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Japan's Mizuho Plans to Bulk up U.S. M&A Advisory

TOKYO, April 25 (Reuters) - Mizuho Financial Group plans to beef up its U.S. operations for M&A advisory and equity underwriting, its chief executive said, as Japan's No. 3 lender aims to grab a bigger share of the world's largest investment banking fee pool.

The latest U.S. drive comes after Mizuho in recent years bolstered its debt underwriting capabilities there following the 2015 acquisition of Royal Bank of Scotland's North American corporate loan portfolio. 

Yet to be fully tapped by Mizuho in U.S. investment banking are M&A advisory and equity underwriting, Masahiro Kihara told Reuters in an interview. "We are now compiling our strategy and analysing to what extent we can grow organically," he said.

The internal discussions include which industry sectors to focus, how to extend analyst coverage and how to build collaboration with its sales and trading teams, he said, declining to give further details.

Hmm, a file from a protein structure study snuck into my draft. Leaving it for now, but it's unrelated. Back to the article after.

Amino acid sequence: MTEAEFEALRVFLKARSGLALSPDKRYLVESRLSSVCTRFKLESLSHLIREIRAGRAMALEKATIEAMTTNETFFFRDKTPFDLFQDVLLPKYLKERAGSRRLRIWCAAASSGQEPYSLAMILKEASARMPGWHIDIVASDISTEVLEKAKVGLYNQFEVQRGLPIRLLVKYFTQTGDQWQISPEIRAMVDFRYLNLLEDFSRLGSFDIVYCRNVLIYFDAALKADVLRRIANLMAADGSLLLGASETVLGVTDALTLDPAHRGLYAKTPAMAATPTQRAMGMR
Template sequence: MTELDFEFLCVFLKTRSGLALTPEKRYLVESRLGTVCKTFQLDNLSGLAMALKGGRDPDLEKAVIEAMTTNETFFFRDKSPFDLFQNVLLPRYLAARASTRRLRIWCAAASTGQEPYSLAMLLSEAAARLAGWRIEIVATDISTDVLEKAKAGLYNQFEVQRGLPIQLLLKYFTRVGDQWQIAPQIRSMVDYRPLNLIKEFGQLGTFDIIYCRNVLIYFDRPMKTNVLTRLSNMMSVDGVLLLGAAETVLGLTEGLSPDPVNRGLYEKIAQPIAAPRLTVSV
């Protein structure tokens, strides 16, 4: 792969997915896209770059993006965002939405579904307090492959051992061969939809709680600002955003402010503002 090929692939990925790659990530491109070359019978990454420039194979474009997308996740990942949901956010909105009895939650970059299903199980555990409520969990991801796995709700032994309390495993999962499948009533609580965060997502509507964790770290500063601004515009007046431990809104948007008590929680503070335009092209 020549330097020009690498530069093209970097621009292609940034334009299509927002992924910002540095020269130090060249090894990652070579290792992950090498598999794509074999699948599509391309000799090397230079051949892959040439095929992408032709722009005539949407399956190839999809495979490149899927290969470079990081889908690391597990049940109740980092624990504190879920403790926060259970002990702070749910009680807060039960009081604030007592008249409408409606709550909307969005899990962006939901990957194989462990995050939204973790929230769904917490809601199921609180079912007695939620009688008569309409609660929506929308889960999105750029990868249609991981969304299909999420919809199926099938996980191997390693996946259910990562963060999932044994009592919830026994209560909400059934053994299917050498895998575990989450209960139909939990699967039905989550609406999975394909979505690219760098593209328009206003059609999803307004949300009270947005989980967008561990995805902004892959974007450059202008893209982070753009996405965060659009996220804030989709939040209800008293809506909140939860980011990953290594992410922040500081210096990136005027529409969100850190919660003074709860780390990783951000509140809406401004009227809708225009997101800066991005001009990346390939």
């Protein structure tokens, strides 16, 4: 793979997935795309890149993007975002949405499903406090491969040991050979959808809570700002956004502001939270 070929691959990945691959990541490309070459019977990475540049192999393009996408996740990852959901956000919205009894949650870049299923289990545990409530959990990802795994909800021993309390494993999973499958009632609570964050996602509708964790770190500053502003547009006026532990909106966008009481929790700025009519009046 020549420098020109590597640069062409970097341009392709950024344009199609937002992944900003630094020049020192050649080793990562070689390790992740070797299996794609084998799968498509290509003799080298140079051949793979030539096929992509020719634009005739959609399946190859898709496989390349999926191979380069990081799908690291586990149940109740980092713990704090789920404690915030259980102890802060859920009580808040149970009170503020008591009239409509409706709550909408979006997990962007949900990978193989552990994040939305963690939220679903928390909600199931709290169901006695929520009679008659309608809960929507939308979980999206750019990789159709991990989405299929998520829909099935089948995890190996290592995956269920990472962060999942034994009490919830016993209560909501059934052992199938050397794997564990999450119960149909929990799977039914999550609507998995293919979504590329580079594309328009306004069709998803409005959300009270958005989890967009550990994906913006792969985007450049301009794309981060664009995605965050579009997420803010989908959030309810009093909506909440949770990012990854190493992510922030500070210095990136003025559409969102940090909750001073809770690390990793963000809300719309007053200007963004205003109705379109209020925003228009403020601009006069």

Struggling with ultra-low interest rates at home, Japanese banks have been exploring growth opportunities outside Japan, with Mizuho focusing on the United States as well as Asia.

The U.S. fee pool from M&A advisory and so-called equity capital markets (ECM), where banks help companies raise equity capital, totalled $42.8 billion last year, according to Dealogic.

Kihara took the helm of Mizuho in February after a series of electronic system failures at the main banking unit prompted a reshuffle of top management.

Mizuho is one of the biggest lenders to SoftBank Group Corp, a tech conglomerate whose finances have come under pressure as its stock price and portfolio valuations are plummeting. Mizuho had 850 billion yen ($6.6 billion) of loans to SoftBank outstanding as of March last year.

"We are not worried at all," Kihara said in the interview when asked about the status of SoftBank's finances. "They are committed to their policy on the LTV (loan-to-value) ratio and other financial disciplines, and we have mutual trust at management level," he added.

($1 = 128.6600 yen)

Reporting by Makiko Yamazaki and Yuki Nitta; Additional reporting by Sam Nussey; Editing by Muralikumar Anantharaman

Source: Reuters

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